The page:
The College Park (Prince Georges County) Tornado of 2001 September 24

The temporary MFRI headquarters before the tornado

MFRI before the tornado

The remains of the MFRI building after the tornado; Ann and Imogen were inside with 5 others

The remains of the MFRI building

Until 2001 September 24 we tended to look on tornado watch warnings as an exciting possibility to see something dramatic but harmless: after all, tornados never touch down in suburban Maryland. That all changed when an F3 tornado with winds close to 200 mph ("solid" F3) touched down at about 5:30 pm on a hill on the University of Maryland campus, beside the University President's residence and just behind the portable building temporarily then housing the Maryland Fire and Rescue Institute MFRI) headquarters, where my wife Ann Harris Davidson then worked.

The path of the tornado from MFRI past Performing Arts

Path of the tornado
The tornado proceeded north at 30 mph, right through the building and down the hill, across Stadium Drive, over the top of Easton Hall and through the dorms, across Lot 2 and the Center for Young Children, up the hill on the far side of Lot 9, down the other side and back across the intersection of University Blvd and Metzerott Ave where it took down the steeple of the church on the corner, through the University Courtyard apartments, snapping huge trees in the swamp beyond and across the north end of Paint Branch Golf Course before de-roofing Home Depot and Linens'n'Things on Cherry Hill Rd, then more damage as far as Laurel.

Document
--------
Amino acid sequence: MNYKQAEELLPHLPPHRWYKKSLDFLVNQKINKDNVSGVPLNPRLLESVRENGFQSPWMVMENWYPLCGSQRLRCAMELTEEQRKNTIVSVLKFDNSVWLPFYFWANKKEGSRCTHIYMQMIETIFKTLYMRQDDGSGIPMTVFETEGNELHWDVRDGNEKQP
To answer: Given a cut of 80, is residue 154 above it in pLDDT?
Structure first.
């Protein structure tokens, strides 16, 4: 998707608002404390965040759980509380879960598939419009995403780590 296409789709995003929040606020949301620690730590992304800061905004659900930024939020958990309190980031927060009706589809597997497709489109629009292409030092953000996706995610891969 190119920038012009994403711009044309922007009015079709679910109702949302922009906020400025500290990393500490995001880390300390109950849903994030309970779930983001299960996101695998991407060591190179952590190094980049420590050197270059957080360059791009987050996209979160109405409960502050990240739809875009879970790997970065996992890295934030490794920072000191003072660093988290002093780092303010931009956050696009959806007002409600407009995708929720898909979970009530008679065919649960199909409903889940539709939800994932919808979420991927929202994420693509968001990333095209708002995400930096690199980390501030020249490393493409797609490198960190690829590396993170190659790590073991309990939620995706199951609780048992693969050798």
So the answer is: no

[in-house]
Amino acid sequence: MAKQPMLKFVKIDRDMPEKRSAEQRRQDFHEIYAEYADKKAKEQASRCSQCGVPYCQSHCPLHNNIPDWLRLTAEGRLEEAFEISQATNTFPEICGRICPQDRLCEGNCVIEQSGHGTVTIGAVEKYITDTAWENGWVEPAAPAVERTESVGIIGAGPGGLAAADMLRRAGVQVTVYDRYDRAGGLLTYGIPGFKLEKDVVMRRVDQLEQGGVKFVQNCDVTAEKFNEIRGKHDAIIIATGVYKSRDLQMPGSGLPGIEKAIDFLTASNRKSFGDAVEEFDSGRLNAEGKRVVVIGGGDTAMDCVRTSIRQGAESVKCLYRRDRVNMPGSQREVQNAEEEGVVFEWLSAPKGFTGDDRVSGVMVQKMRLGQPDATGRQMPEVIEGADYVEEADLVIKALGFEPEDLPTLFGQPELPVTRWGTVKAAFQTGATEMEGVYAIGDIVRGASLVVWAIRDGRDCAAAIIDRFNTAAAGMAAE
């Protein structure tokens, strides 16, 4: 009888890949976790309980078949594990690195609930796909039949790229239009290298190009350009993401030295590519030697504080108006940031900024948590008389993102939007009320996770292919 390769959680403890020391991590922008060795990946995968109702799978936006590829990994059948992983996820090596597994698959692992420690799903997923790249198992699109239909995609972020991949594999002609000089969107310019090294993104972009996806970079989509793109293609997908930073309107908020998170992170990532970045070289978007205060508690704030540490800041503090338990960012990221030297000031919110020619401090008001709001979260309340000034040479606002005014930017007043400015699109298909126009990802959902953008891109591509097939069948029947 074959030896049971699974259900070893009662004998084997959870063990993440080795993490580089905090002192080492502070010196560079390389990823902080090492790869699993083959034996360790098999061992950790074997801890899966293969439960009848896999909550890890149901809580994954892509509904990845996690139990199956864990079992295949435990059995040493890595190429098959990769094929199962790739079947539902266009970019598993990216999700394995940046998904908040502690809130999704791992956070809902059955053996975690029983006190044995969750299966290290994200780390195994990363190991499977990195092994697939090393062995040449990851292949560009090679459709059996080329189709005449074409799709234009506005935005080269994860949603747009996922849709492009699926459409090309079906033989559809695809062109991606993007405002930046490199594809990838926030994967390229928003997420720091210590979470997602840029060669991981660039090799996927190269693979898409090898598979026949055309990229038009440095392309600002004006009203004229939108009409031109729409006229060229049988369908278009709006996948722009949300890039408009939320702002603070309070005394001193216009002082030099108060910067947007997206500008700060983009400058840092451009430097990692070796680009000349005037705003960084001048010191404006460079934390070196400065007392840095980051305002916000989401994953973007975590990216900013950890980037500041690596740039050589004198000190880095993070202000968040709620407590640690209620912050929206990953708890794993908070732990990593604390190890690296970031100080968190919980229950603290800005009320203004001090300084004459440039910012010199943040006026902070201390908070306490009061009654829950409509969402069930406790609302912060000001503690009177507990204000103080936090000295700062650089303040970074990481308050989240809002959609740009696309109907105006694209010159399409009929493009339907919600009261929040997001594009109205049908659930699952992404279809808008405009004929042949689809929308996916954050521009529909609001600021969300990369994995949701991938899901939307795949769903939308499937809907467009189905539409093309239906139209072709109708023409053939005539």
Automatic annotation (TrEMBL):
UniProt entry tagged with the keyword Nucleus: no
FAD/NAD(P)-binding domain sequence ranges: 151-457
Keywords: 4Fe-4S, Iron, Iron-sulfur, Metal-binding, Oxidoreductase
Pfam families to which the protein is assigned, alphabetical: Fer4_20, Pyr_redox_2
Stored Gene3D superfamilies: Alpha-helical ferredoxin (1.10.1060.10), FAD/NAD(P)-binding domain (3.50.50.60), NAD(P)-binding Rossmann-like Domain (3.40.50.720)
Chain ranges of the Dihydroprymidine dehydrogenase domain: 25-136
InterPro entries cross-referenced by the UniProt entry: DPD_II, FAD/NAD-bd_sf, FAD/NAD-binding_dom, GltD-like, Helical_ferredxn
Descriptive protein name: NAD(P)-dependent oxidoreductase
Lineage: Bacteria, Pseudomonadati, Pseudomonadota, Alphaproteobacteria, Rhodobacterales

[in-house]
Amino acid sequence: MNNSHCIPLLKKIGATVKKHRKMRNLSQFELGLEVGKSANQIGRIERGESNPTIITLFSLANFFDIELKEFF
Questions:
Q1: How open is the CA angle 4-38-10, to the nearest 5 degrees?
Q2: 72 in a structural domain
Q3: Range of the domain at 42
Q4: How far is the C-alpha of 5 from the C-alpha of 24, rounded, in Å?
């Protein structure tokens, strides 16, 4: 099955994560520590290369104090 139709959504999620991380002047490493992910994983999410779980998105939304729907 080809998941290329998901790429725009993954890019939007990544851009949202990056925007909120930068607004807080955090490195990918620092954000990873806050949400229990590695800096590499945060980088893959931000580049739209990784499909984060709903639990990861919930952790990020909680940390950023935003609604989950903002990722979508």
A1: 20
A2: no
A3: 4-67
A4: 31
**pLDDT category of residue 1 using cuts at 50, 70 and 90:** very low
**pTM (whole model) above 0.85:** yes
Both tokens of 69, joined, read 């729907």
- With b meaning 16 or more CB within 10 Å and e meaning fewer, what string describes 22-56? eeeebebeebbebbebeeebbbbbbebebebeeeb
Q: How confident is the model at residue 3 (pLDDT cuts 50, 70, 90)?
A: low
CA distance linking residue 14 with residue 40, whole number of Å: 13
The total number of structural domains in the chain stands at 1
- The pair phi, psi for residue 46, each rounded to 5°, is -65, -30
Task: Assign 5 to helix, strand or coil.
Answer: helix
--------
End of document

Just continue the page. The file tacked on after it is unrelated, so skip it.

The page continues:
Ann and our daughter Imogen Davidson White were in the MFRI building (Imogen was there after school to take advantage of Ann's fast Internet connection for a French project) and knew that a storm was coming but they had not heard anything about the possibility of a tornado locally: when they felt a sudden drop in pressure they looked out and saw debris whipping by the windows and dived under the nearest desks. The main funnel passed right through the center of the building and out the other side; the building appears to have been shredded. Amazingly all those in the building survived, but with varying degrees of injury. Ann's colleague Toby was in the adjacent smaller photocopying building and was thrown about 80 yards across the parking lot; MFRI's huge photocopier was thrown 50 yards. Toby's dog Muffin was with him but was never found. Ann was right in the path of the funnel and was left in the open when it passed, everything around her having been sucked away. She held on to the carpet fixed to the concrete floor of the building and a table leg while the tornado was pulling her legs upwards. She suffered bruises and scratches on her knees and lower legs where debris struck them, and a number of heavy cinder blocks from the base of the adjacent building 20 yards away landed a few feet from where her head was. Imogen was under a solid desk which was completely covered with rubble when the building fell apart: she was not excavated for another 40 minutes. She suffered a sharp bruise on one arm and skin scraped off her elbow. If you look at the photos of the state of the building after the tornado, it is extraordinary that their injuries were not worse.